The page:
Tag Archives: SiC2015

Panel Debate: Creative Commons for contemporary art?

A terrific panel of artists, copyright experts, and museum people in a debate about contemporary art, digital media, and rights issues.

In this debate, we discussed perspectives and challenges in using Creative Commons licenses on contemporary art, as opposed to traditional copyright. Does it entail increased visibility for artists if they share reproductions of their work more liberally than copyright allows for? Is it even possible for artists to opt out of social media today, if they want their work to known more widely? Are there new ways for artists to make revenues in connection with more openly licensed images of their work? Or is it a slippery slope to start relaxing the restrictions on how images of artworks are shown, shared and circulated online?

The aim was to have a constructive and solution-oriented debate that will help artists and cultural institutions alike to better understand how to navigate and benefit from the participatory culture on the Internet, while respecting rights.
The panel

IT lawyer Martin von Haller Grønbæk, Bird & Bird, will moderate the debate.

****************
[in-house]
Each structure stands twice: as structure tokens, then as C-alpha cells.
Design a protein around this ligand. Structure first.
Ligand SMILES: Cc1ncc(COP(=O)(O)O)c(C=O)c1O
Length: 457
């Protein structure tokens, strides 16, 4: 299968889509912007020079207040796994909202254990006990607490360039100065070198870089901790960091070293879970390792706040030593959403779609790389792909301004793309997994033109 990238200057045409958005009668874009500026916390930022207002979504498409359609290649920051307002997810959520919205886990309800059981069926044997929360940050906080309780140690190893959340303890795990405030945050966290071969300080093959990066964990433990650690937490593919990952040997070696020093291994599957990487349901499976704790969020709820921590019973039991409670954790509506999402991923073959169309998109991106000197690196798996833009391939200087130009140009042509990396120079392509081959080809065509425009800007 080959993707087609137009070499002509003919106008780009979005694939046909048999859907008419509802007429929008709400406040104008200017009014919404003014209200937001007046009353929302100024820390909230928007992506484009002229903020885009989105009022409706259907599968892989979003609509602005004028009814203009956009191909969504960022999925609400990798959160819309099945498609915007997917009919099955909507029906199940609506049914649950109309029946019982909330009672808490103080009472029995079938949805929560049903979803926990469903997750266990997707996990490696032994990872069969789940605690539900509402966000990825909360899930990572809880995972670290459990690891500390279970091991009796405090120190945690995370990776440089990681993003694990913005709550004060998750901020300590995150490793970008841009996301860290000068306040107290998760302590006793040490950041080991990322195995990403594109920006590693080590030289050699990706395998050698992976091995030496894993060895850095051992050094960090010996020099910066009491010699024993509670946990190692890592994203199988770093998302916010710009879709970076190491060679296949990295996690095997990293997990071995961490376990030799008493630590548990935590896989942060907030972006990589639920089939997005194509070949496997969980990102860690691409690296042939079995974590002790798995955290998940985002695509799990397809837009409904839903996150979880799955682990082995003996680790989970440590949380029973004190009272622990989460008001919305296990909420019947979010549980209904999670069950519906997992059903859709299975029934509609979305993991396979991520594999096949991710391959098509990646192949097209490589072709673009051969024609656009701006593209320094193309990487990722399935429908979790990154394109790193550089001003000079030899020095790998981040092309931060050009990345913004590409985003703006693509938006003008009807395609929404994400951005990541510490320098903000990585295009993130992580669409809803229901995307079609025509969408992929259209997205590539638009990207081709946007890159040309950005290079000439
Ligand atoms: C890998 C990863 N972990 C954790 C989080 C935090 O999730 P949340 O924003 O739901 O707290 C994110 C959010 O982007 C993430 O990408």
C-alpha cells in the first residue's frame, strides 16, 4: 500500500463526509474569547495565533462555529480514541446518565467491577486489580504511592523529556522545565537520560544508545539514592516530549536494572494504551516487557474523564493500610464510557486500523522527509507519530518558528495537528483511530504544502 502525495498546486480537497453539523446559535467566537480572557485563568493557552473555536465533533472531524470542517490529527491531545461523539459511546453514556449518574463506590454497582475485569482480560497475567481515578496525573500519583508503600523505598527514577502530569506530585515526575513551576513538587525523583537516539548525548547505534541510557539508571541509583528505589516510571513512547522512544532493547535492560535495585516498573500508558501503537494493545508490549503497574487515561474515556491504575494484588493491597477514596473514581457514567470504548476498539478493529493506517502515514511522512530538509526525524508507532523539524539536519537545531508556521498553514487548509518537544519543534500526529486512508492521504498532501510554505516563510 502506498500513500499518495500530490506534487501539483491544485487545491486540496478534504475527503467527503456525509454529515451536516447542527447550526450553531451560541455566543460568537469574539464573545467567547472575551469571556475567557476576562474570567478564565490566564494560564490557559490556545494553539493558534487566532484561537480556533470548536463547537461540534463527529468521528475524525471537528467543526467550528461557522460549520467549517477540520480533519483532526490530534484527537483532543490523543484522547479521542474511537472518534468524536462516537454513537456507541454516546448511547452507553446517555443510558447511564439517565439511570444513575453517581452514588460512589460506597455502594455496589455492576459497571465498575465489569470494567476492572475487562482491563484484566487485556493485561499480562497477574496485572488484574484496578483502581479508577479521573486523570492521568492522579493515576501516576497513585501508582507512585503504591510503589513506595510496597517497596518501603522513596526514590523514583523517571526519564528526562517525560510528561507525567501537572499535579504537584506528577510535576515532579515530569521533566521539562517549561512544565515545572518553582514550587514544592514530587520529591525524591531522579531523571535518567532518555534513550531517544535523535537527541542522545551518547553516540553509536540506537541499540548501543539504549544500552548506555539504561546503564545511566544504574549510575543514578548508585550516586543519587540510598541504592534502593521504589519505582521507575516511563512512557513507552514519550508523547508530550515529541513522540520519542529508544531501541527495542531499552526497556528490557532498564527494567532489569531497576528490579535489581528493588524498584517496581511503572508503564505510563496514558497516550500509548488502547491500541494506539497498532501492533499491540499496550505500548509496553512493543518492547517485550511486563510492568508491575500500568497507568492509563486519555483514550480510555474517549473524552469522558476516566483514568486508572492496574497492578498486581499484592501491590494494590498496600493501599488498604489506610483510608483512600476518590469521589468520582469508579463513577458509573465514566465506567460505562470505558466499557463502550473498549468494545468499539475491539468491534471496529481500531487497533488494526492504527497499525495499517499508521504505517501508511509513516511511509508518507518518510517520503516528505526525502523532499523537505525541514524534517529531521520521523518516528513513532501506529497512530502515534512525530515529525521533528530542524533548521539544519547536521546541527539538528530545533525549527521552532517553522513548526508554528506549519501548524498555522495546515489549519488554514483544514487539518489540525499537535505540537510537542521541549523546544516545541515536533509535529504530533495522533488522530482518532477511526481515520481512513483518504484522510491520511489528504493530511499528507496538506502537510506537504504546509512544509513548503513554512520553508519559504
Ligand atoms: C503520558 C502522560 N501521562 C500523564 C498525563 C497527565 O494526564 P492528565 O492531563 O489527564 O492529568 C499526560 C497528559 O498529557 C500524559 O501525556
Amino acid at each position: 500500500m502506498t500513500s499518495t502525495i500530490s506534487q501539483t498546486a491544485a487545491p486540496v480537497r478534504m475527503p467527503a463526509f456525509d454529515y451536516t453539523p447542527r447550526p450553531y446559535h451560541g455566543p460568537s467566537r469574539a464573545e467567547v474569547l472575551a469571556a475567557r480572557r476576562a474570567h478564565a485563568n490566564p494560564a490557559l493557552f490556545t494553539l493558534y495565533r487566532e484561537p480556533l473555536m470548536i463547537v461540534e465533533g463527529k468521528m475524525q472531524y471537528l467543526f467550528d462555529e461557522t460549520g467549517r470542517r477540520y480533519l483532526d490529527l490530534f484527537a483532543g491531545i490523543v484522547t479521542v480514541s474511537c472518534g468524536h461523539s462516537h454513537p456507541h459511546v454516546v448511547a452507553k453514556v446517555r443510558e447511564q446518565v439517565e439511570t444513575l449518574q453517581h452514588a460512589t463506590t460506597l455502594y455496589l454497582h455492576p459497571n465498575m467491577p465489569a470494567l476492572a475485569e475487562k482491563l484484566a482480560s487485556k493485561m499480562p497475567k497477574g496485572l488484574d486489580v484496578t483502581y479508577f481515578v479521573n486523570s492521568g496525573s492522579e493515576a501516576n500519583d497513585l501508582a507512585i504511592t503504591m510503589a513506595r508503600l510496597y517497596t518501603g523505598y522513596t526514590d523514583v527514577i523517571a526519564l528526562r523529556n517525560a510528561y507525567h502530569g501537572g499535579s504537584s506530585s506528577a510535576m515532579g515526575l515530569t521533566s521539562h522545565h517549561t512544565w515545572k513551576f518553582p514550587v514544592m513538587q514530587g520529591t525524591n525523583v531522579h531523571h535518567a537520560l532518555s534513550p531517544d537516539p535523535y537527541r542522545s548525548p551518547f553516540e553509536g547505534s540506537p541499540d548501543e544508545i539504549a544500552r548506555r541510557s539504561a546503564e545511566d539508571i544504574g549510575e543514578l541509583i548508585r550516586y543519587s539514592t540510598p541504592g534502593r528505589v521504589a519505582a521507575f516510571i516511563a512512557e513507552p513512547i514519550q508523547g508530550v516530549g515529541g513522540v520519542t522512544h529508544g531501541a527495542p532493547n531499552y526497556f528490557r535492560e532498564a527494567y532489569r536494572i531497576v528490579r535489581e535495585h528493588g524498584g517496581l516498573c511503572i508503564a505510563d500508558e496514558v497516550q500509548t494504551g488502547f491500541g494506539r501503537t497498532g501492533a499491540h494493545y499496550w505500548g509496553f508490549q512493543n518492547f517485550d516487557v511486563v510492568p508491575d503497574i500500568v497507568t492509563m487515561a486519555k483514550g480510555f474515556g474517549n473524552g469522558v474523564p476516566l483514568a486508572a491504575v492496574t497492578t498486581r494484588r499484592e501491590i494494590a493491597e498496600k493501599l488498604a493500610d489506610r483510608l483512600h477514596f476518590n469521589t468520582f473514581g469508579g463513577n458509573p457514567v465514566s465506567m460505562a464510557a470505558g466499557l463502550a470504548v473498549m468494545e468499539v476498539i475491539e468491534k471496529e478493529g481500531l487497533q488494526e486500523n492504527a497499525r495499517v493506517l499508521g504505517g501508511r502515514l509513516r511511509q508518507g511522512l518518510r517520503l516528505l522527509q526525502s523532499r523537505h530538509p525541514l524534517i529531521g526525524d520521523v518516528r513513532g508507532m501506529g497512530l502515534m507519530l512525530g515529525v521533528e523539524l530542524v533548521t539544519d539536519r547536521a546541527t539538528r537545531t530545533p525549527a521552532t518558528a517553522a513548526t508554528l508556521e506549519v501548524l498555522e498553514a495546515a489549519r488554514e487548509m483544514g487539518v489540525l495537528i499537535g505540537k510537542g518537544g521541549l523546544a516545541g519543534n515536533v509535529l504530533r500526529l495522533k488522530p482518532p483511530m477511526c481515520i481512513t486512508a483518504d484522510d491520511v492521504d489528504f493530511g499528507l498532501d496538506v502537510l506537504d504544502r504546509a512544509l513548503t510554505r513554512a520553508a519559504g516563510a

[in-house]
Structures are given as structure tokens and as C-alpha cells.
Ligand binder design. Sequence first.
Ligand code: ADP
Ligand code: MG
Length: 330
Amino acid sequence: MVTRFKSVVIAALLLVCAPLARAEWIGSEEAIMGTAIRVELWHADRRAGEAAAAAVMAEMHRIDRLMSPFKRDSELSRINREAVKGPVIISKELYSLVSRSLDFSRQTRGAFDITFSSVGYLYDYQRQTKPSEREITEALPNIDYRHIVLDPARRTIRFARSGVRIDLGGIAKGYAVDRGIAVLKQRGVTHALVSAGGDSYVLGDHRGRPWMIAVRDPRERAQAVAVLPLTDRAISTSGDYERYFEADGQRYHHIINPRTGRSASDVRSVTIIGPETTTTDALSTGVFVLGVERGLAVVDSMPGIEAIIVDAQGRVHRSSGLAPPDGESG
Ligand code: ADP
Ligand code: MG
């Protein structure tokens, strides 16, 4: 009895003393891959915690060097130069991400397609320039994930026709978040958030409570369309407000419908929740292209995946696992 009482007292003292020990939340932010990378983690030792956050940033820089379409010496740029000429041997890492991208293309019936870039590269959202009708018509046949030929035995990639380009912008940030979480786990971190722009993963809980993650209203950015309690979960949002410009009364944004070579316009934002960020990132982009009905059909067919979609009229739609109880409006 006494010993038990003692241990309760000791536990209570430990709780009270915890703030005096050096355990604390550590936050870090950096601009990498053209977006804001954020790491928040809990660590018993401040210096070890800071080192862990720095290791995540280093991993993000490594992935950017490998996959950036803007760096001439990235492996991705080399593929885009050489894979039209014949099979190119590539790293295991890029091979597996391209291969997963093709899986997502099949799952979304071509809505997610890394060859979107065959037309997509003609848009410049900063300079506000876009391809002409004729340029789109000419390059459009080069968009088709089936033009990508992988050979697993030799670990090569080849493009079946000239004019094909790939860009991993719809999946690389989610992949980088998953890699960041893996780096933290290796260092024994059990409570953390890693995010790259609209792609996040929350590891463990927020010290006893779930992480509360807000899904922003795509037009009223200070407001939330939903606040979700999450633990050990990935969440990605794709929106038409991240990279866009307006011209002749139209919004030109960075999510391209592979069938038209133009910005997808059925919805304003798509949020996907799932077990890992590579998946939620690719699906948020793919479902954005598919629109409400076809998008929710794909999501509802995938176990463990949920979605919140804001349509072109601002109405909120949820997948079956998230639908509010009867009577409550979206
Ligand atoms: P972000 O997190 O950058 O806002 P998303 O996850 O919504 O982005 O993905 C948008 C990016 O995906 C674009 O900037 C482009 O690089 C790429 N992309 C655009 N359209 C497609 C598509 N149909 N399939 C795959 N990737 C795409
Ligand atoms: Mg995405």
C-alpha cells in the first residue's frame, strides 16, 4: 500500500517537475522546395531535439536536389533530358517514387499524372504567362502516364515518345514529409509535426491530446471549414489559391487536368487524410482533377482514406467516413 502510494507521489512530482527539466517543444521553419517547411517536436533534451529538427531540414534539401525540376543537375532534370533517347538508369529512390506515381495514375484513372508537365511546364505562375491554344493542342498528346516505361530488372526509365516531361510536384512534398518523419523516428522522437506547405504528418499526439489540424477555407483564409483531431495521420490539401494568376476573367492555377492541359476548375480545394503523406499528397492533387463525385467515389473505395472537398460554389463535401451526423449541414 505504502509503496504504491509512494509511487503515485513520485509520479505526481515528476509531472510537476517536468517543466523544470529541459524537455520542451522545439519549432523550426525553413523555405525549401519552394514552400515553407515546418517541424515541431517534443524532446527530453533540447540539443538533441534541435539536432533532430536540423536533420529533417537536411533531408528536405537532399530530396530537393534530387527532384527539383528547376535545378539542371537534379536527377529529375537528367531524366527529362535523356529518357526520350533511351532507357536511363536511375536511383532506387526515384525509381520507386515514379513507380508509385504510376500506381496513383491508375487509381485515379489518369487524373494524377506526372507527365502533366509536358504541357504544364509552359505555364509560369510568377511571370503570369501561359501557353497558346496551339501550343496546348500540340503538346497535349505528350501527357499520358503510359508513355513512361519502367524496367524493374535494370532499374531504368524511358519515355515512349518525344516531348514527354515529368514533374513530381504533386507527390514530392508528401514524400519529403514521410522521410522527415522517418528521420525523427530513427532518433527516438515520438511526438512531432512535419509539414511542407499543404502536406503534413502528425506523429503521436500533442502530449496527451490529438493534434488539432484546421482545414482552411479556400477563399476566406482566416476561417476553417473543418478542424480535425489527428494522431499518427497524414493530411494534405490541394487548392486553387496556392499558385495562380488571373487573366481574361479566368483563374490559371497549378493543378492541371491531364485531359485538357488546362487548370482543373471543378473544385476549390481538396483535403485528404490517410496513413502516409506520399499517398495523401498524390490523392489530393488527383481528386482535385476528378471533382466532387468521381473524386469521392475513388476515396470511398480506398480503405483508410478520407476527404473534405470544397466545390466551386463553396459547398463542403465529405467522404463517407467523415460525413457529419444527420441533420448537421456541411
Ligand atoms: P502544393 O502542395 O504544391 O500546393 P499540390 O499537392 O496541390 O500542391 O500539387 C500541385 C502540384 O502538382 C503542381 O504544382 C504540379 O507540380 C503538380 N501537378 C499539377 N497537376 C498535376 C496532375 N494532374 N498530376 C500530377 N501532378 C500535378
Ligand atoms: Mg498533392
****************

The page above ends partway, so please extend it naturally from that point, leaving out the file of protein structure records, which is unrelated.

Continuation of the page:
Young artist Filip Vest remixes old paintings, and releases some of his own work under a Creative Commons license.
Young artist Filip Vest remixes old paintings, and releases some of his own work under a Creative Commons license. Filip is captured in front of his digital remix of 22 skies from Danish golden age paintings, spring 2015. Photo by Lisbeth Holten.

Keynote Cédric Manara

Keynote speaker: Cédric Manara

Cédric Manara, copyright counsel, Google
Cédric Manara, copyright counsel, Google

 

Copyright and the 99%

Historically, copyright has been concerned with encouraging commercial cultural production. Today, most of the creative expression comes from amateurs who do not understand copyright, or have no clue what it’s about. What about tomorrow? The Internet, with its 2.8 billion users and counting, is just beginning to change the legal landscape. How to reform copyright – in Denmark or in Europe – to reconcile the interests of those who want to make money, when others just want to share knowledge or information?

Cédric Manara, PhD, has lost his hair teaching, writing or consulting. He has been a full time law professor at EDHEC Business School (France) and held visitorships in Finland, Italy, Japan and the USA, published a lot on intellectual property and internet legal issues, and also was a consultant for e-commerce companies or law firms. He joined Google’s wonderful legal team as copyright counsel in 2013.